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Baird Capital brings global approach to small healthcare market

A global fund with a sweet spot in the lower middle market is a unique model that should bode well for Baird Capital as it pursues platforms in healthcare verticals like behavioral health, an executive of the firm said.

Michael Bernstein, a partner of Robert W. Baird & Co’s private equity arm, said the firm typically competes with sponsors that don’t have a global team or angle. In other words, most existing global private equity funds are seeking midsize to large transactions.

Bernstein, who leads Baird’s healthcare efforts in the U.S., works with colleagues in Europe and Asia. Together the team governs each deal executed in the sector.

While Baird has historically sought assets generating EBITDA in the $5 million to $15 million range, today’s frothy market has inspired the firm to pursue even smaller deals in verticals like autism-treatment services, Bernstein said in an interview at Baird’s 2017 Global Healthcare Conference at the InterContinental New York Barclay Hotel.

That’s largely a factor of what’s available. With only a handful of scale businesses in a market that remains highly fragmented yet in huge demand, smaller autism-treatment services “have the bones to become a good platform,” Bernstein said.

More specifically, Bernstein said, there’s an opportunity to take advantage of the maturing commercial-insurance market.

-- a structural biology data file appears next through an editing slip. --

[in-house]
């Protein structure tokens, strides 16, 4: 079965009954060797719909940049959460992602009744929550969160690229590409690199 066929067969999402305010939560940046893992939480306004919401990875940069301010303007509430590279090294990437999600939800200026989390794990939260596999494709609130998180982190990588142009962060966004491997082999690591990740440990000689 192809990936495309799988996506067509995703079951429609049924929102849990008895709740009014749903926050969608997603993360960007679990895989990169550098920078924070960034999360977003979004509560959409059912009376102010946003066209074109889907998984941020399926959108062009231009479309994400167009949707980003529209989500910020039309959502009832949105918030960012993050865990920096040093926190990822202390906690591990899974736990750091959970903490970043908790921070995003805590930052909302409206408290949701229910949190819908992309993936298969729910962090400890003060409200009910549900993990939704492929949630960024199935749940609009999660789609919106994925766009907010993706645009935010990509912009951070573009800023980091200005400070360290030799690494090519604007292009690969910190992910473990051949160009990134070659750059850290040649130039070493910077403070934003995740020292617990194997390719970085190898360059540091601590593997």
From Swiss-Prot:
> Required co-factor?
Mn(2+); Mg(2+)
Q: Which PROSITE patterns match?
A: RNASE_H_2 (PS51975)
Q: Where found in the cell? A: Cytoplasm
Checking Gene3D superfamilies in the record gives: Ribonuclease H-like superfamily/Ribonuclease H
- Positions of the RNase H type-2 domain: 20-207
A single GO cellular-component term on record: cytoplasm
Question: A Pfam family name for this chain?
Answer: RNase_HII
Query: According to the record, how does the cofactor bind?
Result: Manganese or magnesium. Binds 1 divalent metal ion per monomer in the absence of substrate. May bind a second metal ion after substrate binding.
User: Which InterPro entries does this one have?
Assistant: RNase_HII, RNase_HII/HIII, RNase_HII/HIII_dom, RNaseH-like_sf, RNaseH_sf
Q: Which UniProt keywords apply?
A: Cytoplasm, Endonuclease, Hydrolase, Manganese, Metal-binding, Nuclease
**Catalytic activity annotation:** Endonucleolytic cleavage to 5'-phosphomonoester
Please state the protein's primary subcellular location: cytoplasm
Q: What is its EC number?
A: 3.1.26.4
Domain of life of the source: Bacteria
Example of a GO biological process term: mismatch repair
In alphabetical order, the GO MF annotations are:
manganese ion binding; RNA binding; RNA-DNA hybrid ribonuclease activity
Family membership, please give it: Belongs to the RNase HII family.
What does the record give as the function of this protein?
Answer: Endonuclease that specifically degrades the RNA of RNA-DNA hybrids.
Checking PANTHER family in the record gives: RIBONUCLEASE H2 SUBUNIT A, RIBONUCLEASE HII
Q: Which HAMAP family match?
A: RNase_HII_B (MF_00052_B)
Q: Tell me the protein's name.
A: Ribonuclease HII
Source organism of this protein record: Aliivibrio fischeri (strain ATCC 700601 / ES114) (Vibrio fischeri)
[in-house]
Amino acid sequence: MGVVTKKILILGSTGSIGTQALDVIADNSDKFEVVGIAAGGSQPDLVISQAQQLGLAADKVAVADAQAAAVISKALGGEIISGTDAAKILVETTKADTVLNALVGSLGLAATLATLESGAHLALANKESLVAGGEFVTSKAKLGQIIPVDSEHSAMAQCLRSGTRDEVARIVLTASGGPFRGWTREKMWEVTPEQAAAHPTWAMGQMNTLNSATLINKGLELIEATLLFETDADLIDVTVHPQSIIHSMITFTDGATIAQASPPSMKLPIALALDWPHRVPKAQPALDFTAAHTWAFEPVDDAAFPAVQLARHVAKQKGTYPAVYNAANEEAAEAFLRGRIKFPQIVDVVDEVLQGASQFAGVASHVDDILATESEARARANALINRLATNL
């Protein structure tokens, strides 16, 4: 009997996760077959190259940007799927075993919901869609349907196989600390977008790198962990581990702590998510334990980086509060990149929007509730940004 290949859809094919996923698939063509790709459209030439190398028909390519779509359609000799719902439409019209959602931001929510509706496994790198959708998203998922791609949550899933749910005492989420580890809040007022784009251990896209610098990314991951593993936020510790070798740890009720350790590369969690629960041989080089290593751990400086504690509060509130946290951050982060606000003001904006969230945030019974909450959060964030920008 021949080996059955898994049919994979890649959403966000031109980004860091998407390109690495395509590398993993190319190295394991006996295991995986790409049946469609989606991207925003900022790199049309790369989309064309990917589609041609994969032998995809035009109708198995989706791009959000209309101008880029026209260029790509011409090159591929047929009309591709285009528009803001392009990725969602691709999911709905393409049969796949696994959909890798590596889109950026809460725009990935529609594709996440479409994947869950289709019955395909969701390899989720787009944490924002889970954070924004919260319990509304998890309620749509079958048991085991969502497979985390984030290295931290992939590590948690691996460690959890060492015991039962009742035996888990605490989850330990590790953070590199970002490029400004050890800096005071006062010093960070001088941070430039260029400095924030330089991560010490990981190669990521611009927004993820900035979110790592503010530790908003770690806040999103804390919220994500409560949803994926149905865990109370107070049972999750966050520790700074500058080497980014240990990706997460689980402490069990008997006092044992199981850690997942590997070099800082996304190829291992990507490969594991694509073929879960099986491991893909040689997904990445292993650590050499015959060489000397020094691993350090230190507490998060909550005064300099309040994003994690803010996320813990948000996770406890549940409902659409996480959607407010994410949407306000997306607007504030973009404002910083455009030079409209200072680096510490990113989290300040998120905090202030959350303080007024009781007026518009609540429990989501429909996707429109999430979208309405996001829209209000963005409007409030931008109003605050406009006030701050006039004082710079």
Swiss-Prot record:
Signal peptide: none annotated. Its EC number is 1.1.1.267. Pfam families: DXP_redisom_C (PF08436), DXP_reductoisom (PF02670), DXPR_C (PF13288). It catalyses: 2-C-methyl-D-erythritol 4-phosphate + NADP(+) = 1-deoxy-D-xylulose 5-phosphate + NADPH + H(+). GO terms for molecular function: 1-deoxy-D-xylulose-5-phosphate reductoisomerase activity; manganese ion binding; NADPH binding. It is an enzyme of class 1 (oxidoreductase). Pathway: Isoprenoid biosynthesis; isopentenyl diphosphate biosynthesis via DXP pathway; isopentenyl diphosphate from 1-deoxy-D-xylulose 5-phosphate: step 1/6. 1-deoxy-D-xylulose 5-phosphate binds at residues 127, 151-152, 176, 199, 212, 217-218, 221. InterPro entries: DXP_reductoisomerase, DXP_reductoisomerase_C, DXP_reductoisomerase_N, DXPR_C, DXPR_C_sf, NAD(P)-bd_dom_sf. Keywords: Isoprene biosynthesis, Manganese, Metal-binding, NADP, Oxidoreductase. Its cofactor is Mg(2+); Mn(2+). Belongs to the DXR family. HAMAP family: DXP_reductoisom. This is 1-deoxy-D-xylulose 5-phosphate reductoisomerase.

“Some businesses were built upon commercial-insurance reimbursement, but the businesses that are most interesting to us grew up with the lower reimbursement typical of Medicaid and other government programs,” Bernstein said.

“Those businesses are very lean operations and will enjoy margin expansion as they begin to access commercial insurance.”

While sub-$5 million-EBITDA autism businesses are trading at multiples of revenue, valuation multiples pan out to about 10x to 12x based on implied EBITDA, Bernstein said.

Notable autism-treatment providers of scale include Autism Learning Partners, which Great Point Partners bought in 2010. There’s also Center for Autism & Related Disorders, which Buyouts in December reported scored an investment from Summit Partners in a $300 million deal.

More recent investments include Petra Capital Partners’ and MMC Health Services’ acquisition of Alternative Behavior Strategies just this week; Shore Capital’s June recap of Behavioral Innovations; and Jordan Co.’s May investment in Invo Healthcare Associates.

Other behavioral-health verticals of interest at Baird are traumatic brain injury and substance-abuse treatment including opioid-treatment services, Bernstein said.

The firm also continues to seek opportunities in hospital outsourcing, and specifically in niche verticals like medical-device maintenance. The subsector, in which it already made a bet through its investment in Alpha Source, remains in vogue as hospitals continue to face immense cost pressures, opting to use equipment for longer periods, Bernstein said.

Baird invests out of Baird Capital Global Fund I, which closed in June at $310 million, exceeding its original target of $300 million.

Three investments have been made out of the fund thus far, and the firm expects to make another couple by year’s end or early 2018, Bernstein said. The firm is also inclined to make fewer but bigger bets — that is, inject more than its historical $20 million to $30 million of equity per investment, he added.

Action Item: Baird Capital’s portfolio:

Michael Bernstein, partner at Robert W. Baird & Co. Photo courtesy of the firm.